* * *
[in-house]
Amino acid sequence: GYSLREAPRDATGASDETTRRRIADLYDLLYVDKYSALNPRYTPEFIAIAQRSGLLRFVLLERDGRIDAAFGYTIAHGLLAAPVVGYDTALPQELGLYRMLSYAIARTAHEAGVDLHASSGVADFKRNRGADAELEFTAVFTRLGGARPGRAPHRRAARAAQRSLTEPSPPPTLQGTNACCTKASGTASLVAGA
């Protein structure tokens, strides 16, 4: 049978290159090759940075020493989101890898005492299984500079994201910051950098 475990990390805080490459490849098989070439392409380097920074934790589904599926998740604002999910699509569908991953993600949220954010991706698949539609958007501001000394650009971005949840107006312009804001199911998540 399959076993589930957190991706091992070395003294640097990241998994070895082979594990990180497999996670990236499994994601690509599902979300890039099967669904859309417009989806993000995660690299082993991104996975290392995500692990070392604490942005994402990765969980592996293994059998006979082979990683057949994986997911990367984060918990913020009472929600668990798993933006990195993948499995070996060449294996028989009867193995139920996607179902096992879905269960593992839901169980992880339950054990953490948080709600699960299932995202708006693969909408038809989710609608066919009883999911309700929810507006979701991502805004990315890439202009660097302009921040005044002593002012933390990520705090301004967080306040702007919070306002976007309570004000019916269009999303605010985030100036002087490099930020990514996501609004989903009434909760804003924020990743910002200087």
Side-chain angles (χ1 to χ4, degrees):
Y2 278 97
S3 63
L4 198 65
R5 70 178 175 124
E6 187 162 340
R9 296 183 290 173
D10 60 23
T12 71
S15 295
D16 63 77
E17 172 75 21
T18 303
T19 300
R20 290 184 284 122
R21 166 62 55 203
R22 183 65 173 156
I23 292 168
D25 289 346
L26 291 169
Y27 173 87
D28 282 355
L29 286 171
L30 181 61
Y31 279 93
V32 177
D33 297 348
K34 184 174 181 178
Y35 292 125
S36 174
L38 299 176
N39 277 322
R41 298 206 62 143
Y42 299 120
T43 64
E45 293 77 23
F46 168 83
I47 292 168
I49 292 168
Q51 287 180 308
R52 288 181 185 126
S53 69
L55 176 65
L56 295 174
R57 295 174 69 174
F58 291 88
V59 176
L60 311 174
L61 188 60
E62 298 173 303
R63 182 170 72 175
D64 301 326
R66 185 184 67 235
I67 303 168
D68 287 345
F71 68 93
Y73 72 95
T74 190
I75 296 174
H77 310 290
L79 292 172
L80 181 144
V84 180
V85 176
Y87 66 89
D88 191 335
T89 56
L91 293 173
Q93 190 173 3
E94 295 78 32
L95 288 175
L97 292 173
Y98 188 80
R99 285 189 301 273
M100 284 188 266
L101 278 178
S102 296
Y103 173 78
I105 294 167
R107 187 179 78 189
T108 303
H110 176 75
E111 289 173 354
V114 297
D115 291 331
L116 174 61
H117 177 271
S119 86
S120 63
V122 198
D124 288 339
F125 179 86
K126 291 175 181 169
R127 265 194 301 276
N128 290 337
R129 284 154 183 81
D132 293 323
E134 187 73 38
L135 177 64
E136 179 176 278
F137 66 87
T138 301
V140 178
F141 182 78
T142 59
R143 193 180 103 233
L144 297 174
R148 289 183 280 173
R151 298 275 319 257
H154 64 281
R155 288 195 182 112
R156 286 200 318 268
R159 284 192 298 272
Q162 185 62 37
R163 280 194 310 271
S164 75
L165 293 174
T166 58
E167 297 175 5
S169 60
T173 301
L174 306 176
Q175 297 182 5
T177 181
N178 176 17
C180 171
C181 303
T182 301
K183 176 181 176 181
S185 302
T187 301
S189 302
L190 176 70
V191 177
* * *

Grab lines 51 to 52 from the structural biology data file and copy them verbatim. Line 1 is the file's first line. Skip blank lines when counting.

L60 311 174
L61 188 60